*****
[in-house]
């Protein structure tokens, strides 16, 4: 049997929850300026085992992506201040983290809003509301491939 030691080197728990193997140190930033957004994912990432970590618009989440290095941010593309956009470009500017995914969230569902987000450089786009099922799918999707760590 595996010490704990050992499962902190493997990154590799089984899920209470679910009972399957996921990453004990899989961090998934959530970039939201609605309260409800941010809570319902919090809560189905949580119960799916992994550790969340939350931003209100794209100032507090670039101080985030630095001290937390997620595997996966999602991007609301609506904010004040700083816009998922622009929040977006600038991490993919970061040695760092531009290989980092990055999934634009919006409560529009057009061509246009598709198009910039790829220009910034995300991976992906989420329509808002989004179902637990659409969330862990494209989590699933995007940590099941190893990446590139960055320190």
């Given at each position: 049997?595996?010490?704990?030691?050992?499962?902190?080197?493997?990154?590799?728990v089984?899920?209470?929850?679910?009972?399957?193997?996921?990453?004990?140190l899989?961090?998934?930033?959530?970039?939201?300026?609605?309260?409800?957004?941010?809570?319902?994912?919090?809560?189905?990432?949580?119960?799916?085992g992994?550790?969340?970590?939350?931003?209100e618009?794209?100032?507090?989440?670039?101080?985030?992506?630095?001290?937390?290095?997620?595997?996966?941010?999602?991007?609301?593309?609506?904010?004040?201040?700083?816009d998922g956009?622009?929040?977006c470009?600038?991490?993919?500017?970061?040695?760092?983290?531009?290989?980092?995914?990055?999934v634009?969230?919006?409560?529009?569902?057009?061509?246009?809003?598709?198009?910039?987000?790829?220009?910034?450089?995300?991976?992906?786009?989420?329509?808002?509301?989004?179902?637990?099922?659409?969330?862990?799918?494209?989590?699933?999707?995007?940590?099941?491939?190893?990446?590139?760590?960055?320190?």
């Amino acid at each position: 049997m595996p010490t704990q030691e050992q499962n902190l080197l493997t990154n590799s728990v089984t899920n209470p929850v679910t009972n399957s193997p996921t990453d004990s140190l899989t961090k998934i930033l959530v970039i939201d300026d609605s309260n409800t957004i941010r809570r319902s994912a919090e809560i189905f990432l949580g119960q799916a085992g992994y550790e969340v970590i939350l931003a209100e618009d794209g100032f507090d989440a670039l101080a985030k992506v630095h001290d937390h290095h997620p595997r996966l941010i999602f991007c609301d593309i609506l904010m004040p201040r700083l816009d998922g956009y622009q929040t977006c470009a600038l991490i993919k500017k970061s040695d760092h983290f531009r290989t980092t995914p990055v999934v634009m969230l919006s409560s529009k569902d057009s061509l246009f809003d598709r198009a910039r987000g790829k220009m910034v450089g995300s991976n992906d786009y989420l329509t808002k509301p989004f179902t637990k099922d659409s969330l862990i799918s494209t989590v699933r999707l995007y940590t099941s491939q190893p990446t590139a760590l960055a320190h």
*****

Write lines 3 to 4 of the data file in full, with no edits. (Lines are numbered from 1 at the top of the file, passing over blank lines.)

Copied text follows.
């Given at each position: 049997?595996?010490?704990?030691?050992?499962?902190?080197?493997?990154?590799?728990v089984?899920?209470?929850?679910?009972?399957?193997?996921?990453?004990?140190l899989?961090?998934?930033?959530?970039?939201?300026?609605?309260?409800?957004?941010?809570?319902?994912?919090?809560?189905?990432?949580?119960?799916?085992g992994?550790?969340?970590?939350?931003?209100e618009?794209?100032?507090?989440?670039?101080?985030?992506?630095?001290?937390?290095?997620?595997?996966?941010?999602?991007?609301?593309?609506?904010?004040?201040?700083?816009d998922g956009?622009?929040?977006c470009?600038?991490?993919?500017?970061?040695?760092?983290?531009?290989?980092?995914?990055?999934v634009?969230?919006?409560?529009?569902?057009?061509?246009?809003?598709?198009?910039?987000?790829?220009?910034?450089?995300?991976?992906?786009?989420?329509?808002?509301?989004?179902?637990?099922?659409?969330?862990?799918?494209?989590?699933?999707?995007?940590?099941?491939?190893?990446?590139?760590?960055?320190?």
């Amino acid at each position: 049997m595996p010490t704990q030691e050992q499962n902190l080197l493997t990154n590799s728990v089984t899920n209470p929850v679910t009972n399957s193997p996921t990453d004990s140190l899989t961090k998934i930033l959530v970039i939201d300026d609605s309260n409800t957004i941010r809570r319902s994912a919090e809560i189905f990432l949580g119960q799916a085992g992994y550790e969340v970590i939350l931003a209100e618009d794209g100032f507090d989440a670039l101080a985030k992506v630095h001290d937390h290095h997620p595997r996966l941010i999602f991007c609301d593309i609506l904010m004040p201040r700083l816009d998922g956009y622009q929040t977006c470009a600038l991490i993919k500017k970061s040695d760092h983290f531009r290989t980092t995914p990055v999934v634009m969230l919006s409560s529009k569902d057009s061509l246009f809003d598709r198009a910039r987000g790829k220009m910034v450089g995300s991976n992906d786009y989420l329509t808002k509301p989004f179902t637990k099922d659409s969330l862990i799918s494209t989590v699933r999707l995007y940590t099941s491939q190893p990446t590139a760590l960055a320190h």